Divesting in Google

Three years ago, at OSCON 2010, I was ready to go all-in with Google.

I came in a Google fan-boy. I used every Google service I could, both personally and in shifting (particularly mail and chat) any IT services that I would have traditionally provided at work. And while I hadn’t yet shifted to Android by July 2010, I would have imagined it would have only been a matter of time and the next cell-phone contract. I was, and am, still in favor of a lot of the ideals of Android, and functionally if I was all-Google all the time, it would make sense.

And maybe it was the excitement of my first OSCON, by far the best conference of its size I had ever attended. But I came away ready to build on Google Wave, ready to come back and spread AppEngine throughout the services I hosted, and evangelize it among my colleagues in Higher Education/Extension throughout the nation. I wrote Wave notes on multiple sessions, interacted with the Wave Team listened intently in every training, built a gadget, even if the platform was a little mystifying. I really, really liked AppEngine.

And while I couldn’t get the AppEngine developer evangelist to respond to my wave-based communication and questions about the training materials and licensing ( “hey, he’s busy, maybe he hasn’t caught the wave internally yet.” ) I left OSCON all ready for my Google future, and immediately announced a multiple-part training series on AppEngine.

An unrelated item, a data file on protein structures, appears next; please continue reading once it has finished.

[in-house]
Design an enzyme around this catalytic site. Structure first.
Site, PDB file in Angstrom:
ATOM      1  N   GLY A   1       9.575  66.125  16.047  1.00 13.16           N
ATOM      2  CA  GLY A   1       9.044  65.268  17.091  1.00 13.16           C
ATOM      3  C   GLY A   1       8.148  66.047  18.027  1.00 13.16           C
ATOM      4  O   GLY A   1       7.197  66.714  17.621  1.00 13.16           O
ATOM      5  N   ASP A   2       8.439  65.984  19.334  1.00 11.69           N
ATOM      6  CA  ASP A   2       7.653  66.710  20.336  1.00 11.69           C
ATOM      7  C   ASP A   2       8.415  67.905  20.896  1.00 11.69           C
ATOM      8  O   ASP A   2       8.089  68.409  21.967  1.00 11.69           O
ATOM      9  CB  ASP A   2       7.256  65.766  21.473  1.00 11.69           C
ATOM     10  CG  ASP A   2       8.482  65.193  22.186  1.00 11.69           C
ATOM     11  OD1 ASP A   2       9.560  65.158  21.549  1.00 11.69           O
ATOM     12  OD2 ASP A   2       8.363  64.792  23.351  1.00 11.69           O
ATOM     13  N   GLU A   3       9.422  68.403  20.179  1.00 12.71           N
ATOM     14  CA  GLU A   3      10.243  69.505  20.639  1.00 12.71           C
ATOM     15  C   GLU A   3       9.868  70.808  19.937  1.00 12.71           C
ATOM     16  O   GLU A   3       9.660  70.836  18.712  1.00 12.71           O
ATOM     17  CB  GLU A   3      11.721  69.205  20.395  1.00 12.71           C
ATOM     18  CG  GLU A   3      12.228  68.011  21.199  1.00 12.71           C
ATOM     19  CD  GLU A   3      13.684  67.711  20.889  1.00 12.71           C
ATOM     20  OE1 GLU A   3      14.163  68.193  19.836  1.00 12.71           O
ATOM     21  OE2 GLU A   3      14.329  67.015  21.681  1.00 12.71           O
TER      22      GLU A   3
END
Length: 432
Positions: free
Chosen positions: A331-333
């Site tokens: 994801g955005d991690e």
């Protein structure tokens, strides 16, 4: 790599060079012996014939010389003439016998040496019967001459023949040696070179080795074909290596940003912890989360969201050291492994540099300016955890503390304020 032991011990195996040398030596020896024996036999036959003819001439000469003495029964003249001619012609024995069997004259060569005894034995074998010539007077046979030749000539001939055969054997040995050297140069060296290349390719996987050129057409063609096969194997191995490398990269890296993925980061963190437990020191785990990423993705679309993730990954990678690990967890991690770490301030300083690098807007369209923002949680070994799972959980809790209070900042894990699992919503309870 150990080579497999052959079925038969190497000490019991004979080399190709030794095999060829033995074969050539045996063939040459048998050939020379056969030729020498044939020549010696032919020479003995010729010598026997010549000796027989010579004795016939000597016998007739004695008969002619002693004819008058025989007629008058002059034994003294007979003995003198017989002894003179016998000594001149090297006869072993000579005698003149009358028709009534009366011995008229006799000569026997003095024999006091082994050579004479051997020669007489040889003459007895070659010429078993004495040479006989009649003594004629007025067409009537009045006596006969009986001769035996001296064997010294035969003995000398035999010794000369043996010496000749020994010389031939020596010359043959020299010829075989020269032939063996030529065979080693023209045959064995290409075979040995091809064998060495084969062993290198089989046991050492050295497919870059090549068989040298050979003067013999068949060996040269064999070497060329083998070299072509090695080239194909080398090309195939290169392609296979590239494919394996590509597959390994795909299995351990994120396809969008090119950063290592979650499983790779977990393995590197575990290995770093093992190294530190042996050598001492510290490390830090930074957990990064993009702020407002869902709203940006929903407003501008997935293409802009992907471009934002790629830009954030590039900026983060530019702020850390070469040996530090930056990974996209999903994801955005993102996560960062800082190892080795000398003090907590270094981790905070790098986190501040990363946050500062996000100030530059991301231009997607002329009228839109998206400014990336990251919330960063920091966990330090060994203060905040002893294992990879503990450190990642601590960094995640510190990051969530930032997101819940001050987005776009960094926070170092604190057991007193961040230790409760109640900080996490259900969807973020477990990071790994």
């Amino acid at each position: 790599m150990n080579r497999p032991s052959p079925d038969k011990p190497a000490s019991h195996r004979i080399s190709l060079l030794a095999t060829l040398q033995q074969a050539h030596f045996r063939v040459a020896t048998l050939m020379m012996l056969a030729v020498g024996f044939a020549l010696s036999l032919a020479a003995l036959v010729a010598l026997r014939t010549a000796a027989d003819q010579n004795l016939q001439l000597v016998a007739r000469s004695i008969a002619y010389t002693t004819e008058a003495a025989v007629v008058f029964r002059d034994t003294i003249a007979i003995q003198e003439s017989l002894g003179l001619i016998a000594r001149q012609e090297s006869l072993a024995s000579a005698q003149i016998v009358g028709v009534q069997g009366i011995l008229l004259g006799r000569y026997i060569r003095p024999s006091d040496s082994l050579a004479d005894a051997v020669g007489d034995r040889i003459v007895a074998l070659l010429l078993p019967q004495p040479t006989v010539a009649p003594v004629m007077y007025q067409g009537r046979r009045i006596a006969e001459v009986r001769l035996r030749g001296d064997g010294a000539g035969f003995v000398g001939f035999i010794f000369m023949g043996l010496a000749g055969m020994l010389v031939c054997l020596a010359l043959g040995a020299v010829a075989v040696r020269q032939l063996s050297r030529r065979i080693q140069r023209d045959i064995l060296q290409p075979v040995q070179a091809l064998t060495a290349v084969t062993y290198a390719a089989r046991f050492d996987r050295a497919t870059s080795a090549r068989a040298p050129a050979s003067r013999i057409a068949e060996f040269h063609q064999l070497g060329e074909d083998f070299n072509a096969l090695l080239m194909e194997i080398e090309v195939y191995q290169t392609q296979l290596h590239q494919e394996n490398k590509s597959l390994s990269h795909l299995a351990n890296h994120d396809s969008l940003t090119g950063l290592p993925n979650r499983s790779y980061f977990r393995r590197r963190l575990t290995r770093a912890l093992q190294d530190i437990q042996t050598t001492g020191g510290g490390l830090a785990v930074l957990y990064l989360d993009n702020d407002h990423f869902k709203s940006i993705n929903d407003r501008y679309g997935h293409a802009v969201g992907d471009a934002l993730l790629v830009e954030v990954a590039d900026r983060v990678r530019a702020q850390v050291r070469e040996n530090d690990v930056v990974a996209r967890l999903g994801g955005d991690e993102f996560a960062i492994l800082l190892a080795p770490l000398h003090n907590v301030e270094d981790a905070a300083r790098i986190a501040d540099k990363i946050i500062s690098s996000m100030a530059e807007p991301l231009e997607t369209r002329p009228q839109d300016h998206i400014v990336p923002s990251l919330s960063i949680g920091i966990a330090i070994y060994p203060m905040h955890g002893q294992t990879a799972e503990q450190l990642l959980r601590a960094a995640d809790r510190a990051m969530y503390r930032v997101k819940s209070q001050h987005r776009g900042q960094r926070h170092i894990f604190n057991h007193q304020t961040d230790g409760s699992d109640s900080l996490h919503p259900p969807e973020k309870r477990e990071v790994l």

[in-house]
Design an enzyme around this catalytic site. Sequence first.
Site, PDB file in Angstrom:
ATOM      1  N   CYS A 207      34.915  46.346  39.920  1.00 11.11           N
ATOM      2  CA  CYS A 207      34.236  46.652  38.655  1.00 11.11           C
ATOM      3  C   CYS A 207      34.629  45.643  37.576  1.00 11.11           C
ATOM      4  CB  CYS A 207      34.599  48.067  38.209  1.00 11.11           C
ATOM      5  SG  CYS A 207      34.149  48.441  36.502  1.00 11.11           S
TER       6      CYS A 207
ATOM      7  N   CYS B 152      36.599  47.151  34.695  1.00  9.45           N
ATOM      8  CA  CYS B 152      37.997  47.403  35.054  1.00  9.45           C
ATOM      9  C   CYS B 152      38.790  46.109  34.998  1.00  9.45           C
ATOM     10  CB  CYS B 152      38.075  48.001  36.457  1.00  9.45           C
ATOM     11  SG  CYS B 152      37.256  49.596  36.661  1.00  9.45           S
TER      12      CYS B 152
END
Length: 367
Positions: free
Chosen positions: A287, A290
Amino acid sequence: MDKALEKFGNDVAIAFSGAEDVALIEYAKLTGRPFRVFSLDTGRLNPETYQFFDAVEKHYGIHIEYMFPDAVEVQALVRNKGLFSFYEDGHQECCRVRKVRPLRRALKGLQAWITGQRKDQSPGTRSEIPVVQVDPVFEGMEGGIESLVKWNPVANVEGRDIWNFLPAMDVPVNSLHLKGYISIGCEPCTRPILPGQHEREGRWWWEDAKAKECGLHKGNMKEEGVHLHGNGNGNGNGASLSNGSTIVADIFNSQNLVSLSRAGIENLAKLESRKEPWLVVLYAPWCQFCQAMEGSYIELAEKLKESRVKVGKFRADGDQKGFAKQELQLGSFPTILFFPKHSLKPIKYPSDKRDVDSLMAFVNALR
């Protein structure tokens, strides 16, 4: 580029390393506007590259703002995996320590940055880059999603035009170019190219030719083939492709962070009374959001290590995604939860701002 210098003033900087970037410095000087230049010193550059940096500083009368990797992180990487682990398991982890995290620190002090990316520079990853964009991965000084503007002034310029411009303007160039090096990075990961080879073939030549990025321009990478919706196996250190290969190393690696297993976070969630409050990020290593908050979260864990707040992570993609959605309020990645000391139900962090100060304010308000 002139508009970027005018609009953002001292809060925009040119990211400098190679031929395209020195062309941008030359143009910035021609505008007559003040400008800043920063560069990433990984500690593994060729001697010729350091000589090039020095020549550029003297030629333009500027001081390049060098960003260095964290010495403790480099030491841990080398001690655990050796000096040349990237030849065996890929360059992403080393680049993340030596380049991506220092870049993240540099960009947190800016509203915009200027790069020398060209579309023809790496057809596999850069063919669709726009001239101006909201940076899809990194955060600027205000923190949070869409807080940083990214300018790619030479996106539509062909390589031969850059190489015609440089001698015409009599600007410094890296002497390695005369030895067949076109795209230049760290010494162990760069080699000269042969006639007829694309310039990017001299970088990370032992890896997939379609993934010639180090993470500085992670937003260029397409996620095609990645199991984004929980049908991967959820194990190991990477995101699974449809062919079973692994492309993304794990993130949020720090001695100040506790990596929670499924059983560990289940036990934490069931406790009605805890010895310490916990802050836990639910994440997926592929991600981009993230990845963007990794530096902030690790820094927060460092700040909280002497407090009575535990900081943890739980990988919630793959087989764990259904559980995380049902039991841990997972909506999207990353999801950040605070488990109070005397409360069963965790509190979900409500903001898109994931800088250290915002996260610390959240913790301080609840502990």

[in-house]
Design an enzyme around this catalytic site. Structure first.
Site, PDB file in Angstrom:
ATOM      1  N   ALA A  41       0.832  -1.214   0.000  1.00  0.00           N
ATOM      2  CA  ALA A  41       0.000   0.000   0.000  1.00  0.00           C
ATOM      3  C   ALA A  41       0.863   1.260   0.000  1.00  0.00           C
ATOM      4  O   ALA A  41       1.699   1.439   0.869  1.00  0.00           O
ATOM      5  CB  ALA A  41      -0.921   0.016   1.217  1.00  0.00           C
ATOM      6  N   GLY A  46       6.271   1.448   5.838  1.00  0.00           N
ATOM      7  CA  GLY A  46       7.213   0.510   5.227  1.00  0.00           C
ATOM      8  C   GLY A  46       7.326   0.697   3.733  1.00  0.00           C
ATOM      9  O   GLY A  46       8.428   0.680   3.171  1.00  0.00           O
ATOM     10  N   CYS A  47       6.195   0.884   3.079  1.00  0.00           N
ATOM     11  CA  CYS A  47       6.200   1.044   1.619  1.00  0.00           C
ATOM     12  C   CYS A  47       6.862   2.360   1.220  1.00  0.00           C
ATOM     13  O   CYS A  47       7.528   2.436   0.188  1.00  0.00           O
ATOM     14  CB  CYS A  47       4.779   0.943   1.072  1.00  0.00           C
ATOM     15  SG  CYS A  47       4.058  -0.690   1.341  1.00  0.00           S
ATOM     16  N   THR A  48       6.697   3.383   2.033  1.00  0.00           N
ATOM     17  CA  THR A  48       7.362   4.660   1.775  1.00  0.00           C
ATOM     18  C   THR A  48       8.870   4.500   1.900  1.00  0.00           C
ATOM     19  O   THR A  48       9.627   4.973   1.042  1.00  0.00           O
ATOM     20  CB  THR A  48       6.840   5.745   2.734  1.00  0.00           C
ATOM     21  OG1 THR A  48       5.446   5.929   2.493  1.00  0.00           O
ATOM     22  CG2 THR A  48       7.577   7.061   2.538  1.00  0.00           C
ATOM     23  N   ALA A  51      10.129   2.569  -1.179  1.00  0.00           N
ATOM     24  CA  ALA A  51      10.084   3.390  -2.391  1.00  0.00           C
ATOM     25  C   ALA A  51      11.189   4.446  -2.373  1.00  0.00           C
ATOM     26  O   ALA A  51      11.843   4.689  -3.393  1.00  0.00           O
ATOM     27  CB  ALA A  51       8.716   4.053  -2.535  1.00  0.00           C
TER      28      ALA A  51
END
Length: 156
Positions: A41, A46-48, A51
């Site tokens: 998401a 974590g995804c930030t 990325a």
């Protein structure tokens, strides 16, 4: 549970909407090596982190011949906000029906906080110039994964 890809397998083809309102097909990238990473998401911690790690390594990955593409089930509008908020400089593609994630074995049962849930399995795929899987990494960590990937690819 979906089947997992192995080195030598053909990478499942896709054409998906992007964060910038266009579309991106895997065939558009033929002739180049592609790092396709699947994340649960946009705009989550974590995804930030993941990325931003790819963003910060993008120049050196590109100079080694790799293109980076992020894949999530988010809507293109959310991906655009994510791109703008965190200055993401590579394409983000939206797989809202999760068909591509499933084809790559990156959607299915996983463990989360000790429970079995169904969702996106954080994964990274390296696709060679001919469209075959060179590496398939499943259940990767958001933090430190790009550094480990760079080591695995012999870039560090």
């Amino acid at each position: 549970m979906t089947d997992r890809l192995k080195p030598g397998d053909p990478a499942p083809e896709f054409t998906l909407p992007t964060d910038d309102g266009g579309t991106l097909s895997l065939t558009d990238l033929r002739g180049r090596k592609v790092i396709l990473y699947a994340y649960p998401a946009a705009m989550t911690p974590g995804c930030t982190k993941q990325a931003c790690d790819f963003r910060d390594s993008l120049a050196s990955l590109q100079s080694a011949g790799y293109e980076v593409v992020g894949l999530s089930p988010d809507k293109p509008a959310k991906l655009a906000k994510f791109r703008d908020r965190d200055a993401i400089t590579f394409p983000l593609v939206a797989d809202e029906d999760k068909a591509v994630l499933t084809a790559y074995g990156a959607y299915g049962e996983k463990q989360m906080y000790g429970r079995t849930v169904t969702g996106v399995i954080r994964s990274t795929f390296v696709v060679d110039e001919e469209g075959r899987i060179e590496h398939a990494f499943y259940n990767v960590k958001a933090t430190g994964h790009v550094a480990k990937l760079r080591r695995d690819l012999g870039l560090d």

The next month, Google killed Wave.

You know, I don’t blame them for the decision. Wave had incredibly interesting technology, but, honestly it was weird. It was never going to acheive mass-market, ever, in the form that it was. And I’ve seen Apache Wave since, I’m not going to run one, and I understand Google not running. And honestly, I admire Google for saying “no” — well sometimes saying no. It’s not an “Apple No” — but it’s more “no” than any organization in which I’ve worked.

But to have that much evangelism of the platform, and then weeks later ended – well, that still stung. It’s totally weird, I know, to have feelings about a platform I had been pretty skeptical of before — maybe I was scared of what was next of the free products that I really, really depended on? Notebook? Docs? Reader? Mail?

Well, Notebook died next, but I had already moved on to Evernote, and I couldn’t ever see Docs, Reader, or Mail going away. Reader had no advertisements, but it felt like almost the entire tech illumanati had shifted to it to have something server-side. And everything I actually cared about, every attention I had, from products to services flowed through Mail, and even importantly Reader, and I figured Google was mining the hell out of it to sell me things in my search.

And in the three years after Oscon, I started drifting back to Google. Chrome everyday over Safari and Firefox, Mail, Reader, an uptick in Google+, other Google products at work. And while the whole quagmire over Google’s caving on Network Neutrality in cell networks ticked me off, I still value the Android ideals and the unlocked Google-provided Nexus hardware was tempting from time to time.